You know your prefecture–that’s the first thing on your address written on your residence card. But do you know what “region” your prefecture belongs to?
In the Philippines, we have regional groups of provinces like the Cordillera Administrative Region, Bicol Region, Central Visayas, and Soccsksargen, to name a few.
In the same way, Japan also has regions where different prefectures are grouped. These regions are not official administrative units and are not written in addresses but they are widely used to describe geographical areas and culture in news articles and weather reports.
While the Philippines has no less than 17 regions that may stump the Filipino schoolchild memorizing his geography, Japan, thankfully, has only eight (or nine depending on whom you ask), which definitely makes them easier to remember.
Here they are, from north to south.
The City of Hakodate, Hokkaidō by Zhuoqian Yang
When people say “Hokkaidō,” they may refer to the island, the prefecture or the region, because Hokkaidō is all three. The prefecture of Hokkaidō (which is primarily the island of Hokkaidō plus the surrounding islets) is so big, it is its own region.
Hokkaidō (北海道) literally means “Northern Sea Circuit,” Japan’s northern frontier.
Aomori Bay Bridge, Aomori by Steven Chua
Tōhoku (東北) means “Northeast” and the region occupies the northeastern portion of the island of Honshū. It consists of six prefectures: Akita, Aomori, Fukushima, Iwate, Miyagi and Yamagata.
Tokyo Metropolis viewed from Tokyo Sky Tree by Daryan Shamkhali
The Kantō (関東) region consists of the Tokyo metropolis and the surrounding prefectures of Gunma, Tochigi, Ibaraki, Saitama, Chiba and Kanagawa, representing about one-third of Japan’s population concentrated on the great Kantō plain, the widest flatland in all of Japan.
Kantō literally means “East of the Barrier” and is generally considered to mean the region east of the Hakone (in Kanagawa) checkpoint.
The 1923 Great Kantō earthquake is named after this region.
Mount Fuji from Kōfu, Yamanashi by Joseph Chan
Chūbu (中部) means “Middle Part” and encompasses the nine prefectures of central Japan: Aichi, Fukui, Gifu, Ishikawa, Nagano, Niigata, Shizuoka, Toyama, and Yamanashi.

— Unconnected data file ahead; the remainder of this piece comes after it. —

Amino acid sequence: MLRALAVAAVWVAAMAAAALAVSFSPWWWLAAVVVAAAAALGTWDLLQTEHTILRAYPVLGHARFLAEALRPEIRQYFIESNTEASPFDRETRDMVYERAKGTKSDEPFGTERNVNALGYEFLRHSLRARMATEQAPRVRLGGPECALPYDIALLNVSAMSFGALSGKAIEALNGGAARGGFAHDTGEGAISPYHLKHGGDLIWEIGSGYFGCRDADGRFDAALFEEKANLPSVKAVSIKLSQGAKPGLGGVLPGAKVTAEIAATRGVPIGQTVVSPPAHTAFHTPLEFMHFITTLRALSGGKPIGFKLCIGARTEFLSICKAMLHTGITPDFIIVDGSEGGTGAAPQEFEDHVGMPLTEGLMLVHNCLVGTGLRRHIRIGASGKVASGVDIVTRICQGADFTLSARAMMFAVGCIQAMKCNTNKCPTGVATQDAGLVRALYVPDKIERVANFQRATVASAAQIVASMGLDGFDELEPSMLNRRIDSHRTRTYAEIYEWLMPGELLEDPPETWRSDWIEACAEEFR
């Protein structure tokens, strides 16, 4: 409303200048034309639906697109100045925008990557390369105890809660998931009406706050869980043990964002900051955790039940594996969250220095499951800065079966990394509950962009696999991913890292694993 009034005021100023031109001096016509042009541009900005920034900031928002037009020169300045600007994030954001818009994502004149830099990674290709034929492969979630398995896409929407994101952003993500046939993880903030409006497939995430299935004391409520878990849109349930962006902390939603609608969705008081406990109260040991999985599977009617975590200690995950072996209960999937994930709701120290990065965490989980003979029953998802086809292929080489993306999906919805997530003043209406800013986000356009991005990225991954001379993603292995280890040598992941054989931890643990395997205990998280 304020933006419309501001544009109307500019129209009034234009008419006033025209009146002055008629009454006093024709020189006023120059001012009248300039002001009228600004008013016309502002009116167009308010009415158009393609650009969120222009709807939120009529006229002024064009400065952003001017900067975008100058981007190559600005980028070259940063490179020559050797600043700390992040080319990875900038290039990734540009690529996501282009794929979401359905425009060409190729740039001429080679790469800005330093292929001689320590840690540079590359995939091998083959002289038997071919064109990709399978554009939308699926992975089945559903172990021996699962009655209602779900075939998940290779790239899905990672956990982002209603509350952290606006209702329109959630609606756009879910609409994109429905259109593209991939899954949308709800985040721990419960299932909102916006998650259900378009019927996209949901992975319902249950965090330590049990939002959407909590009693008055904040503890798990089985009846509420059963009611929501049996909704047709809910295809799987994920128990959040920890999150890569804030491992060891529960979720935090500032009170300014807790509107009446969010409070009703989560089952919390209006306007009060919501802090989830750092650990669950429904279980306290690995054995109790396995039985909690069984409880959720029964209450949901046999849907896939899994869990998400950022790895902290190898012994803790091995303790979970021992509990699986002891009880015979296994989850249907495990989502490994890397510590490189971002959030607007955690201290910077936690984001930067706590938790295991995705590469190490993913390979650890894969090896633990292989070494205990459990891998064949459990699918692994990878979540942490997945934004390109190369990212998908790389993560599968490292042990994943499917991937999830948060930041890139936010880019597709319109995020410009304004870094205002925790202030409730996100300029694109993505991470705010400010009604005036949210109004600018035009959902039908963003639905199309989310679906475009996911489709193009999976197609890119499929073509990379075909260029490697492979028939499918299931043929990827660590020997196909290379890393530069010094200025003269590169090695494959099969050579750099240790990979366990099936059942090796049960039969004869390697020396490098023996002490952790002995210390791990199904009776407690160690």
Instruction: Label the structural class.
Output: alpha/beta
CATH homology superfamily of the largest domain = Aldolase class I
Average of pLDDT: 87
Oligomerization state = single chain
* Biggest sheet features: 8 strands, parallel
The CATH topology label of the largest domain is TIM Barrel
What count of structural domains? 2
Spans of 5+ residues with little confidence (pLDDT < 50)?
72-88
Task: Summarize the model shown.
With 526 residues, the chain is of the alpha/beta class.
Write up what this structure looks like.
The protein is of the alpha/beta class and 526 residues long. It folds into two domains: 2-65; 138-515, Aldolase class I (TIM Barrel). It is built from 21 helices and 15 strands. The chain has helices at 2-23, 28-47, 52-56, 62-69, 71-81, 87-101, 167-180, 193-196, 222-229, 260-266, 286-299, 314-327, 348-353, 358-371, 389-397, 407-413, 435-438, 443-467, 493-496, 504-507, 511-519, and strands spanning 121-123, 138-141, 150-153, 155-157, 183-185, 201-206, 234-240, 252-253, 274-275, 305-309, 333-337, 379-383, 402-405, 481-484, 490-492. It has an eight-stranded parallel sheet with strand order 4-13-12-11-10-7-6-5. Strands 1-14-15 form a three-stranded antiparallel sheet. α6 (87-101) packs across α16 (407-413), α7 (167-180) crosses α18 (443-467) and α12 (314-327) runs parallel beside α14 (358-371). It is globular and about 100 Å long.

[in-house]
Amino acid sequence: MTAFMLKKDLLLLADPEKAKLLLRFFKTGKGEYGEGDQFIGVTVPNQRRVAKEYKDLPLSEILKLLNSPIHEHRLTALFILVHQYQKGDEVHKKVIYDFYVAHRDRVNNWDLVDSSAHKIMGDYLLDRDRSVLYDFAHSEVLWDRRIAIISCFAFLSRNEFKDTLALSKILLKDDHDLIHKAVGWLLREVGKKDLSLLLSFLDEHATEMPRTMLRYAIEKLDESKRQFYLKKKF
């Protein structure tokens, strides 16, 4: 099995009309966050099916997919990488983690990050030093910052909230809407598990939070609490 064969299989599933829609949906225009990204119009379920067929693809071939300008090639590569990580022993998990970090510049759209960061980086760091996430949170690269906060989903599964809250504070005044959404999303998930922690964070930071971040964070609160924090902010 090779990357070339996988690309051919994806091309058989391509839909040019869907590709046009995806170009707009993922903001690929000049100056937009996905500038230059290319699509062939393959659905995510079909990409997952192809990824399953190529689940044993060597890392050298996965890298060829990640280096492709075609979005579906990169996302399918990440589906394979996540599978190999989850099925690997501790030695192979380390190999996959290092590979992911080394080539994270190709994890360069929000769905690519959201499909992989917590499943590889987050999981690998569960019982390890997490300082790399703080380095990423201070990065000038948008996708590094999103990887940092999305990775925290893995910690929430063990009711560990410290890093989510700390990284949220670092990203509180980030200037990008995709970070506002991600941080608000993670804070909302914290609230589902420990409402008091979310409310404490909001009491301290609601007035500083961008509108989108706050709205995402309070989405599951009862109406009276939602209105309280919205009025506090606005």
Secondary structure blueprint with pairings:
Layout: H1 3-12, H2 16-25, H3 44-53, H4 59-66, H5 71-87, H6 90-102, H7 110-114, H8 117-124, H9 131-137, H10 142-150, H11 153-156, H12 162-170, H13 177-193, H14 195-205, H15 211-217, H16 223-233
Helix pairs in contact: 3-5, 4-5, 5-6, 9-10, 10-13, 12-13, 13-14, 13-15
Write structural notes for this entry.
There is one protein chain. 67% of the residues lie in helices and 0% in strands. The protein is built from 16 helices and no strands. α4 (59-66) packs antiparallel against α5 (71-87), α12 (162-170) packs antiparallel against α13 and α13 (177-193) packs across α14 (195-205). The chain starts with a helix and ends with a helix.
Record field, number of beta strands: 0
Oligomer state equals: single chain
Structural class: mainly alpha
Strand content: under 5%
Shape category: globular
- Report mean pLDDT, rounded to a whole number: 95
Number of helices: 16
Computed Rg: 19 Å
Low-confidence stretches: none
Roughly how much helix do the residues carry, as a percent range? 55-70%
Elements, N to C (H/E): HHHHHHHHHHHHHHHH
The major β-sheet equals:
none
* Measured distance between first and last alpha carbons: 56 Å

The Japanese Alps, containing the highest mountains of Japan, is found in this region, as is Mount Fuji, between the prefectures of Shizuoka and Yamanashi.
Kiyozumi Temple, Kyoto by Su San Lee
The Kansai (関西) region includes the prefectures of Hyōgo, Kyōto, Mie, Nara, Ōsaka, Shiga and Wakayama, in the area that represents Old Japan.
Kansai literally means “West of the Barrier,” the direct opposite of Kantō, and the two regions have a rivalry the goes back many centuries.
Another name for this region is Kinki (近畿) and in fact its entry on the Japanese Wikipedia is named “Kinki” not “Kansai.” This name has recently fallen out of favor in English because of its, well, kinky connotations.
Kansai International Airport in Ōsaka is serves the region.
Torii in Hiroshima by Rafael Hoyos Weht
Chūgoku (中国) literally means “Middle Country,” which is the Japanese word for China, but is also–confusingly–the name of the region that groups the prefectures of Hiroshima, Okayama, Shimane, Tottori and Yamaguchi in westernmost part of Honshū.
The two largest cities are Hiroshima in Hiroshima Prefecture and Okayama in Okayama Prefecture.
Chugoku Bank is named after this region.
Mitoyo City, Kagawa by Sen Lee
The Shikoku (四国) (literally “Four Countries”) Region groups the four prefectures of the island of Shikoku: Tokushima, Kagawa, Ehime and Kōchi.
Shikoku is the smallest of the four main islands of Japan and it is also the smallest region in the country. Incidentally, it also has the smallest prefecture by land area in Japan: Kagawa.
Kitakyushu, Fukuoka by JCS Chen
Like Hokkaidō and Shikoku, the region of Kyūshū (九州) is named after the island of the same name, which literally means “Nine Countries.”
The Kyūshū Region traditionally includes the Okinawa archipelago, although some people treat Okinawa as separate.
Without Okinawa, the prefectures of Kyūshū Region are Fukuoka, Kagoshima, Kumamoto,
Miyazaki, Nagasaki, Ōita, Okinawa and Saga.
The eight regions of Japan from Wikipedia.
So there you have it.
The next time you hear on the news that a typhoon is approaching the Chūbu region of Japan, you know it will likely hit Nagoya in Aichi Prefecture. Or if someone tells you the most beautiful women in the country come from the Tōhoku area, you know that’s nowhere near Saitama.
|Region||Population||Area in km2||Prefectures contained|
|Tōhoku||8.9 million||67,000||Akita, Aomori, Fukushima, Iwate, Miyagi, Yamagata|
|Kantō||43.3 million||32,000||Chiba, Gunma, Ibaraki, Kanagawa, Saitama, Tochigi, Tōkyō|
|Chūbu||21.4 million||67,000||Aichi, Fukui, Gifu, Ishikawa, Nagano, Niigata, Shizuoka, Toyama, Yamanashi|
|Kansai (Kinki)||22.5 million||33,000||Hyōgo, Kyōto, Mie, Nara, Ōsaka, Shiga, Wakayama|
|Chūgoku||7.3 million||32,000||Hiroshima, Okayama, Shimane, Tottori, Yamaguchi|
|Shikoku||3.8 million||19,000||Ehime, Kagawa, Kōchi, Tokushima|
|Kyūshū & Okinawa||14 million||44,000||Fukuoka, Kagoshima, Kumamoto, Miyazaki, Nagasaki, Ōita, Okinawa, Saga|